by Milt Huntington
Conclusion (for part 1, please see Growing up in Augusta: Priceless)
Down at the other end of the street was the old Colonial Theater where Class-A pictures were shown. On Sunday, after week-long previews of coming attractions, we would be rewarded with musical extravaganzas starring Esther Williams, Bing Crosby or Jane Powell in living color or flicks like Casablanca, The Wolfman or war movies like Thirty Seconds Over Tokyo. The Colonial played their movies continuously so we could sit through a good movie twice for the price of a single ticket.
Once in a cowboy thriller, an Indian chief, played by blue-eyed Jeff Chandler, stood in the middle of a pow-wow session, folded his arms and dramatically declared: “I walk away!” “Our Gang” had seen the movie once, but we stayed for a second showing to get back to that pow-wow scene again, when we stood in the theater, one by one, folded our arms and declared to the rest of the audience: “We walk away. People call them punks today. We were harmless “hooligans” then.
On the way home from the Colonial was Ed Houdlette’s Drug Store which was known to have a particularly vulnerable pin ball machine. We hung out there a lot because Mr. Houdlette was also nice to us.
Water Street is what I like to call a street of dreams because it conjures up so many memories of shops and businesses that vanished with our youth. Remember the five- and ten-cent stores that anchored the center of down town Augusta – McLellan’s, Kresge’s and Woolworth’s. We had ‘em all. I was a stock boy and soda jerk for the Kresge operation, but it suvived anyhow for awhile.
Then of course, we had JCPenny, D.W. Adams, Chernowsky’s, the Army-Navy Store, Lamey-Wellahan, Montgomery-Ward and Sears & Roebuck. A jewelry store graced the corner of Water Street and Bridge Street – A.J. Bilodeau’s. Another one sat on the corner between Farrell’s Clothing Store and the post office. It displayed a sign with a picture of a diamond ring. The caption stated: “I came here to talk for Joe,” a popular World War II love song. Speaking of Farrell’s, it once boasted just a single aisle between two counters with a little space downstairs where I bought all my Boy Scout gear and a tux for the senior prom. Nicholson & Ryan Jewelers was always there, it seems.
Near the bottom of Rines Hill was a liquor store where my father and grandfather liked to surreptitiously shop. They would always leave their change with the Salvation Army lassie who parked out front. Once, running an errand for my mother, I dropped some change into the lassie’s tambourine. When my mother questioned me about that, I replied: “That’s what Papa and Grampy always do.”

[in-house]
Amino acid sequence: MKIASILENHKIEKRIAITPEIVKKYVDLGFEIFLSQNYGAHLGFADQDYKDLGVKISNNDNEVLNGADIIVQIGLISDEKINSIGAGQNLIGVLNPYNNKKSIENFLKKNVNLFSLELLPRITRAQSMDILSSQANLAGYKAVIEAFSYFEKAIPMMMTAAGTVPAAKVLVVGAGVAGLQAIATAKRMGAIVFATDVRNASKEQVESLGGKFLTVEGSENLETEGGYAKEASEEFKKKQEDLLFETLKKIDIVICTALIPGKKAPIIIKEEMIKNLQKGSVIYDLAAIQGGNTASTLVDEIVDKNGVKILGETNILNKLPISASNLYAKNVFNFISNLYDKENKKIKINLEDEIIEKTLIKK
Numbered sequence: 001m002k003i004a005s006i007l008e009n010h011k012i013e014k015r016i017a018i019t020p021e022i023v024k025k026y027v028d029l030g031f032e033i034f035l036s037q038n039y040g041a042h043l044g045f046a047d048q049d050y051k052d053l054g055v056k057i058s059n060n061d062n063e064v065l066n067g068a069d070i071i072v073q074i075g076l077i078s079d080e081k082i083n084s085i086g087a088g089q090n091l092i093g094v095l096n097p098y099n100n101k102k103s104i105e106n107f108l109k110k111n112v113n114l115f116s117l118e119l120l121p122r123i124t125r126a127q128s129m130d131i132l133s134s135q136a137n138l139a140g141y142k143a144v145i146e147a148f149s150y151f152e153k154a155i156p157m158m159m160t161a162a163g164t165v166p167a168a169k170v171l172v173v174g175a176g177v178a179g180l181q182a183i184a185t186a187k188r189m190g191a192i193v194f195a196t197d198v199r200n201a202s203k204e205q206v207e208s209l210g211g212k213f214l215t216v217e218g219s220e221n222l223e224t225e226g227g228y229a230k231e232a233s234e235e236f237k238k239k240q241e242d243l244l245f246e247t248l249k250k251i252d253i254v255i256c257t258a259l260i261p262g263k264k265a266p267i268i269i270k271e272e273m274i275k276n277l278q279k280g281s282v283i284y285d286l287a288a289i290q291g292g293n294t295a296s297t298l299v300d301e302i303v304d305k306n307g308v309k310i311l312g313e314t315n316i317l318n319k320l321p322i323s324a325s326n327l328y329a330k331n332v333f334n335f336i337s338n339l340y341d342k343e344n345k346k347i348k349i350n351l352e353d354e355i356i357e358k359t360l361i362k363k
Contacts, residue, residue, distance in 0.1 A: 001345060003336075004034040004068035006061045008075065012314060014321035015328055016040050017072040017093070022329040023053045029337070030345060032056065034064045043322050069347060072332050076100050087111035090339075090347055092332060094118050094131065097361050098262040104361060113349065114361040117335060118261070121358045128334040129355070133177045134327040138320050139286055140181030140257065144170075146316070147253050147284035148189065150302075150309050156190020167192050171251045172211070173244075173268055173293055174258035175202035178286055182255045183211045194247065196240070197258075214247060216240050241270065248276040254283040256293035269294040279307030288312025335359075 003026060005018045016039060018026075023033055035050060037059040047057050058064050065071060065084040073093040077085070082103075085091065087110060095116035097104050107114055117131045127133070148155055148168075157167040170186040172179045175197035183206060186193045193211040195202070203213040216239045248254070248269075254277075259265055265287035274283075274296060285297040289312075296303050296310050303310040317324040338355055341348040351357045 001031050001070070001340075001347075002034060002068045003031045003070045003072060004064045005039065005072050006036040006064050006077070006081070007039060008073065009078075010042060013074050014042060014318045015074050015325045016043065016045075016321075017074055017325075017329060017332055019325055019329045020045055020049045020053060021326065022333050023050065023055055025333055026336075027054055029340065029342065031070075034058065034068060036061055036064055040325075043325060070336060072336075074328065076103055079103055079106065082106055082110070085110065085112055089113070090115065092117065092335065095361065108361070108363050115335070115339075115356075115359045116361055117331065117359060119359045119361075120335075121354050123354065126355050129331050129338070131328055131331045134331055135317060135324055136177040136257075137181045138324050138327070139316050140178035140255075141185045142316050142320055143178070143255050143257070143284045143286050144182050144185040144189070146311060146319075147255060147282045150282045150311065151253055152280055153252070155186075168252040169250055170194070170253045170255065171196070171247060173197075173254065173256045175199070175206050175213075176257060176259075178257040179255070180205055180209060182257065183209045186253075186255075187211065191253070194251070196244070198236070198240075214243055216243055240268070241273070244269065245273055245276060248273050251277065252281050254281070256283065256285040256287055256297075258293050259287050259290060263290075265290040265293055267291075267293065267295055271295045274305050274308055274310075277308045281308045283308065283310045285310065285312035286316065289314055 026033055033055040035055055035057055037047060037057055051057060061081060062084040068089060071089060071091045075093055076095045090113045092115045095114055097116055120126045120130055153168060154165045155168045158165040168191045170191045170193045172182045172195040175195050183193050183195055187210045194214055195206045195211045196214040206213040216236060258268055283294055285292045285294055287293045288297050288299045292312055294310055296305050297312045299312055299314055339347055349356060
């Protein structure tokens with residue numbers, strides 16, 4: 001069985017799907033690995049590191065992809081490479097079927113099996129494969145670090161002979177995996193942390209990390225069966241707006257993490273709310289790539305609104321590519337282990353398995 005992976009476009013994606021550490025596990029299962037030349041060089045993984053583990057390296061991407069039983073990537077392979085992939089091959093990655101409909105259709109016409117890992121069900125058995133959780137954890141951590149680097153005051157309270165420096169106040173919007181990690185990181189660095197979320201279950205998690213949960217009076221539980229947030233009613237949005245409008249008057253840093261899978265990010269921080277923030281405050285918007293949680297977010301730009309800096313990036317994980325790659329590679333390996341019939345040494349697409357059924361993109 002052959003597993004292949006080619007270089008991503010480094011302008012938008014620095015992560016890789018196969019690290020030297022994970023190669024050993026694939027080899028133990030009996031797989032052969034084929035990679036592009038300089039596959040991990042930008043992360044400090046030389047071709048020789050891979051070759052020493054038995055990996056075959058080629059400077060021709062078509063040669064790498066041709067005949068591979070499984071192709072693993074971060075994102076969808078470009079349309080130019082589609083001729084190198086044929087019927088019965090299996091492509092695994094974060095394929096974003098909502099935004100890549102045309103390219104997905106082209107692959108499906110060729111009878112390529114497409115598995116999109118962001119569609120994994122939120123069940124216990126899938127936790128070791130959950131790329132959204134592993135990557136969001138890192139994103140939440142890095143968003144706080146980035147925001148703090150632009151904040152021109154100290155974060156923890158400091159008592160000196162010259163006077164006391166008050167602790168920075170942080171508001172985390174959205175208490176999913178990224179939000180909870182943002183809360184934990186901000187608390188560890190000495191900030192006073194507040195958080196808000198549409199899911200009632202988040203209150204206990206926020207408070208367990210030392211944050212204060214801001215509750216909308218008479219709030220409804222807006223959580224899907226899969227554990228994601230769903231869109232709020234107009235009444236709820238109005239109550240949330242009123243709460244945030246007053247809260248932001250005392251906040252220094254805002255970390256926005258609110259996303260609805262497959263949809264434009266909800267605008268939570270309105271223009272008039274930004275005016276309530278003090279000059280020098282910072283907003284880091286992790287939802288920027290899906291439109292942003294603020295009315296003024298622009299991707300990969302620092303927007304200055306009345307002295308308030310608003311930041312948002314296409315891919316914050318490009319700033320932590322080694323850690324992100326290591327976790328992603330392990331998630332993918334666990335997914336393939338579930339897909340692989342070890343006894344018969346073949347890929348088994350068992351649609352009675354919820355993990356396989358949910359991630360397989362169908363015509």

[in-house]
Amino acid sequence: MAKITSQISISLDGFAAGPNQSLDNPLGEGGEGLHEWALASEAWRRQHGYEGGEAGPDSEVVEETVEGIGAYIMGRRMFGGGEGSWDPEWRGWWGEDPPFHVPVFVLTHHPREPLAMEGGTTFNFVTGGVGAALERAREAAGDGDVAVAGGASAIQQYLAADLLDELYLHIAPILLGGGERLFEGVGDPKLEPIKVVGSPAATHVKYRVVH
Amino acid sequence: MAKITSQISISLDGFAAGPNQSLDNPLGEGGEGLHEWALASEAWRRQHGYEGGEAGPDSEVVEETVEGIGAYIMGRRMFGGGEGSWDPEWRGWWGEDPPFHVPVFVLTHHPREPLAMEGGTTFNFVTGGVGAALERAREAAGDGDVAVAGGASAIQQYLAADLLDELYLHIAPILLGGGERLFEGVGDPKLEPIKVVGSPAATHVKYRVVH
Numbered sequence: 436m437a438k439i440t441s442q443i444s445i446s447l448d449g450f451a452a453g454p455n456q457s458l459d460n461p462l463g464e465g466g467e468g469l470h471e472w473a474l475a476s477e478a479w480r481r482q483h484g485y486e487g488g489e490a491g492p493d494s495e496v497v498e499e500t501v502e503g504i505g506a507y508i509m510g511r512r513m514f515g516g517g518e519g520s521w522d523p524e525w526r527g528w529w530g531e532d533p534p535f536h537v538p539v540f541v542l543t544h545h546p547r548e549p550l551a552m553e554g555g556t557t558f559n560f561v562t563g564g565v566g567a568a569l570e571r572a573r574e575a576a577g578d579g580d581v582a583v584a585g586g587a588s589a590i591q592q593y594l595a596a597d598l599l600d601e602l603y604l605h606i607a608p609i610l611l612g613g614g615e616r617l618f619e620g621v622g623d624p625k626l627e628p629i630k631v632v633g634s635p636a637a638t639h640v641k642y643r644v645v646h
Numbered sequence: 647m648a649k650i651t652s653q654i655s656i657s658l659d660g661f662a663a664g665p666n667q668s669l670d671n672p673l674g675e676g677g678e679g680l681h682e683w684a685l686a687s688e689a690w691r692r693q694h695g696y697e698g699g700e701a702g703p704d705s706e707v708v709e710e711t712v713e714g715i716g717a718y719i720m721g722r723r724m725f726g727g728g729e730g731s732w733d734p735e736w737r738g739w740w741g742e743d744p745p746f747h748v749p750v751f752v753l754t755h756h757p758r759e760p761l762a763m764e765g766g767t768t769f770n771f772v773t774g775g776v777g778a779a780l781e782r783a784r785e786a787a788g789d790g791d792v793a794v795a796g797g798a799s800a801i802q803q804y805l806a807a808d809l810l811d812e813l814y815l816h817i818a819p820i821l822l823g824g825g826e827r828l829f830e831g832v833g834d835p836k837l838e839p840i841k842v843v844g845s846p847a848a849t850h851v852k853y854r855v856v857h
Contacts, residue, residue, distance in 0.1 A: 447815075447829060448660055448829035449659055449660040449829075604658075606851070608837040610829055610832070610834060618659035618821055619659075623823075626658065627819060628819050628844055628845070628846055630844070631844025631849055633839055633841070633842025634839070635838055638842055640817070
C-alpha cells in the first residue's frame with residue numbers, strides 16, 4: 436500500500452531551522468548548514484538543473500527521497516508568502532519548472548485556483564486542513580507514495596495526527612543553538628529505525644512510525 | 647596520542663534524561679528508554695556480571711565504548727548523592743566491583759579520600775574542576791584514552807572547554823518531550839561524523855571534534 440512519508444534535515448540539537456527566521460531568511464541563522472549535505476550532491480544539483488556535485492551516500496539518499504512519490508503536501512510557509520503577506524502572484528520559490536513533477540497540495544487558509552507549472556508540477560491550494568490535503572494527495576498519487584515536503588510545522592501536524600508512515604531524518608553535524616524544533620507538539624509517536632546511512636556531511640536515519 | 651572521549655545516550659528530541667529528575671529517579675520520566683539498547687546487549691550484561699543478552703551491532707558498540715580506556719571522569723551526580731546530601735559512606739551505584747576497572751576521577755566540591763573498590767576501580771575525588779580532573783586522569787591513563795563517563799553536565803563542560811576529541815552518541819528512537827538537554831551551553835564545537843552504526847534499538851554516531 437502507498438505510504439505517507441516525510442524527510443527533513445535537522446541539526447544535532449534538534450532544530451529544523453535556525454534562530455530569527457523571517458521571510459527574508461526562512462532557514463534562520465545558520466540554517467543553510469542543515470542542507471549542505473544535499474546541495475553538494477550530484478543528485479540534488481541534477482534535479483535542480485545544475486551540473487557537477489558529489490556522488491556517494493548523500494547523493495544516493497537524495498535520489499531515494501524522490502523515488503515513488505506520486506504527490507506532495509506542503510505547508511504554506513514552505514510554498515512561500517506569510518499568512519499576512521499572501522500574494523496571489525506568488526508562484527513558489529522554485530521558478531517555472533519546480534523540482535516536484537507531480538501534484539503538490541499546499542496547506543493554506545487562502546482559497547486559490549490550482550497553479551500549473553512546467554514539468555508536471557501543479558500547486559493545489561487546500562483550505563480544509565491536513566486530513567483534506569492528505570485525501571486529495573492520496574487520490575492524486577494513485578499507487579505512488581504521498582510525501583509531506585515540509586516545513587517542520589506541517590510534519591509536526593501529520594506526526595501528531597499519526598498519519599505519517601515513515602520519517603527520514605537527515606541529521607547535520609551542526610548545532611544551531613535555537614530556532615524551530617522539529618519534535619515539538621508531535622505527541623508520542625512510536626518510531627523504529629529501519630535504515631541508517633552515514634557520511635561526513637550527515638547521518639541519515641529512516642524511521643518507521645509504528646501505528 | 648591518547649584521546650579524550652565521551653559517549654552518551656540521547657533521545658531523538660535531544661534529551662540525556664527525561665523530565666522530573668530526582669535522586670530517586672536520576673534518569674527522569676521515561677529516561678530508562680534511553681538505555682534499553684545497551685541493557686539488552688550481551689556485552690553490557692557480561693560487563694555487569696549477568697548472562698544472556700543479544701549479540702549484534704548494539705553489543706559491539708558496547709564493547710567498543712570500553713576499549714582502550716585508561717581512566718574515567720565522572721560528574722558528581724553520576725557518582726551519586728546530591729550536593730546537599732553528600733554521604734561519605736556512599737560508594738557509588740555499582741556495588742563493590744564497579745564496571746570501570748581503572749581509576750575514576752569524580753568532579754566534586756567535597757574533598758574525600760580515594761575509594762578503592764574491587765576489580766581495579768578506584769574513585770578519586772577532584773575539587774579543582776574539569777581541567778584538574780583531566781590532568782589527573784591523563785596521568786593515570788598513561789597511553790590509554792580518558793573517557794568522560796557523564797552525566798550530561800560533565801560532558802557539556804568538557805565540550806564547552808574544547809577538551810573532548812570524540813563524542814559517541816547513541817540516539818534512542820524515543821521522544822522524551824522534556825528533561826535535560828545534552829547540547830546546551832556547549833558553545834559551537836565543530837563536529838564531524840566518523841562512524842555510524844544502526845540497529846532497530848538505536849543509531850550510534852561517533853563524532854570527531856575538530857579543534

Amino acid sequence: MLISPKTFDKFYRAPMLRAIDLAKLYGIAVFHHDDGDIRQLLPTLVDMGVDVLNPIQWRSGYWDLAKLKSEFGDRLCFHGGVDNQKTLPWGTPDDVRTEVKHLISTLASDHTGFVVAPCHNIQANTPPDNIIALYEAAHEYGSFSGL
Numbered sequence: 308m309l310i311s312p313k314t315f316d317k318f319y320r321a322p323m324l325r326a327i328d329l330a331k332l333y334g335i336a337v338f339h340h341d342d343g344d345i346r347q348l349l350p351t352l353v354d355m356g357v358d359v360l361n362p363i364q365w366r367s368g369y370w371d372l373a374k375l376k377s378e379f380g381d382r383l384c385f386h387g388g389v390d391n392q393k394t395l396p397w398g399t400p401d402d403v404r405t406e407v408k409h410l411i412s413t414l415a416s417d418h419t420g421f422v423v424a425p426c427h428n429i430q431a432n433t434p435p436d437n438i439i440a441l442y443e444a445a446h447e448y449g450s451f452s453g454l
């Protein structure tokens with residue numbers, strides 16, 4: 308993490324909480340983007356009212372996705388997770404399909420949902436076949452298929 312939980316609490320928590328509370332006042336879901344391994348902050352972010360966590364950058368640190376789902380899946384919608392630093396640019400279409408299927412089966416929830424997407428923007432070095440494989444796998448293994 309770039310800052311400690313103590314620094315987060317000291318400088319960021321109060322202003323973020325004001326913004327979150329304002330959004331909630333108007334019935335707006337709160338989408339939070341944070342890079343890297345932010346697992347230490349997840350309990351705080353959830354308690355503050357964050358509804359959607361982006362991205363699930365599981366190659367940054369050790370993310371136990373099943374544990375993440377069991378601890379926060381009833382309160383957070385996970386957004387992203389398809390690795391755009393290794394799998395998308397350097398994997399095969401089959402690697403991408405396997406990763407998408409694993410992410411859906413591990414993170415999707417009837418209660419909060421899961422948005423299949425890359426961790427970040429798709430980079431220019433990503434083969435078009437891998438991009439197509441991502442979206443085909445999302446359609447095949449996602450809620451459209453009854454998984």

On the other end of Water Street were the beer parlors which gave the neighborhoods a shoddy reputation. Across the street was Allen’s Grocery Store. a fish market and Berry’s Cleaners. Depositor’s Trust Co. on Haymarket Square was on the ground floor of a six-story affair which is now the site of the Key Bank building. We’re talking ancient history, I know, but who can ever forget Stan Foster’s Smoke Shop next to the old Hotel North. He specialized in meals, smokes and some real great pin ball machines. Near the
Depot News was Al’s Barber Shop which took care of ducktail haircuts and crew cuts in the early years. His partner and relative bought him out and opened Pat’s Barber Shop at the other end of Water Street near the lights.
Swan Street and Water Street have undergone a lot of change in the last 60-plus years or so. Downtown was the main thoroughfare to all those movies, and it was the pathway to Cony High before the new bridge opened up. Most of those downtown places are now long gone, but the memories (some a little fuzzy now) will remain forever. I wouldn’t swap those memories for anything. Growing up in Augusta was as good as it gets.
Milt Huntington is the author of “A Lifetime of Laughter” and “Things That Make You Grin.”